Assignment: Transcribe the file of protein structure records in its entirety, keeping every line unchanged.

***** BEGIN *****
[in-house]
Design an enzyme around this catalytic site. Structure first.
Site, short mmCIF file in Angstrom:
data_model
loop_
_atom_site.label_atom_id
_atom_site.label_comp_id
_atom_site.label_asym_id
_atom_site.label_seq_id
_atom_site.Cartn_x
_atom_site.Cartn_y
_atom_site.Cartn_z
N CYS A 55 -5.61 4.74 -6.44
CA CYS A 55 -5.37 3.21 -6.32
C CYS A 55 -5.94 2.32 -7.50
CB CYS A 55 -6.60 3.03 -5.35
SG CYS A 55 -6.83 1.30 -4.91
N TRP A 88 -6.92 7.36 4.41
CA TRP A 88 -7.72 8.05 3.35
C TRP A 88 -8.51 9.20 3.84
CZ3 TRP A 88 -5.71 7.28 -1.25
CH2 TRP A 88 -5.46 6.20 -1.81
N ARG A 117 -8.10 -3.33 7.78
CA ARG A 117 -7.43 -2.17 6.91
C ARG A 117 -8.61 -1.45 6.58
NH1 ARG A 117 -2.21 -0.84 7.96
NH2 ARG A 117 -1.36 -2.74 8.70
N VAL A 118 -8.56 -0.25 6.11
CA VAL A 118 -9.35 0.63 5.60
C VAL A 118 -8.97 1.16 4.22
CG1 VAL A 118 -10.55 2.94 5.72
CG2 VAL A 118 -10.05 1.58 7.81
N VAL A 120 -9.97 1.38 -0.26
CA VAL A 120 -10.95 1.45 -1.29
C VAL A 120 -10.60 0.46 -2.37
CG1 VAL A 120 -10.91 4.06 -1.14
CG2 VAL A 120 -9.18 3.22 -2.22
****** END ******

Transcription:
[in-house]
Design an enzyme around this catalytic site. Structure first.
Site, short mmCIF file in Angstrom:
data_model
loop_
_atom_site.label_atom_id
_atom_site.label_comp_id
_atom_site.label_asym_id
_atom_site.label_seq_id
_atom_site.Cartn_x
_atom_site.Cartn_y
_atom_site.Cartn_z
N CYS A 55 -5.61 4.74 -6.44
CA CYS A 55 -5.37 3.21 -6.32
C CYS A 55 -5.94 2.32 -7.50
CB CYS A 55 -6.60 3.03 -5.35
SG CYS A 55 -6.83 1.30 -4.91
N TRP A 88 -6.92 7.36 4.41
CA TRP A 88 -7.72 8.05 3.35
C TRP A 88 -8.51 9.20 3.84
CZ3 TRP A 88 -5.71 7.28 -1.25
CH2 TRP A 88 -5.46 6.20 -1.81
N ARG A 117 -8.10 -3.33 7.78
CA ARG A 117 -7.43 -2.17 6.91
C ARG A 117 -8.61 -1.45 6.58
NH1 ARG A 117 -2.21 -0.84 7.96
NH2 ARG A 117 -1.36 -2.74 8.70
N VAL A 118 -8.56 -0.25 6.11
CA VAL A 118 -9.35 0.63 5.60
C VAL A 118 -8.97 1.16 4.22
CG1 VAL A 118 -10.55 2.94 5.72
CG2 VAL A 118 -10.05 1.58 7.81
N VAL A 120 -9.97 1.38 -0.26
CA VAL A 120 -10.95 1.45 -1.29
C VAL A 120 -10.60 0.46 -2.37
CG1 VAL A 120 -10.91 4.06 -1.14
CG2 VAL A 120 -9.18 3.22 -2.22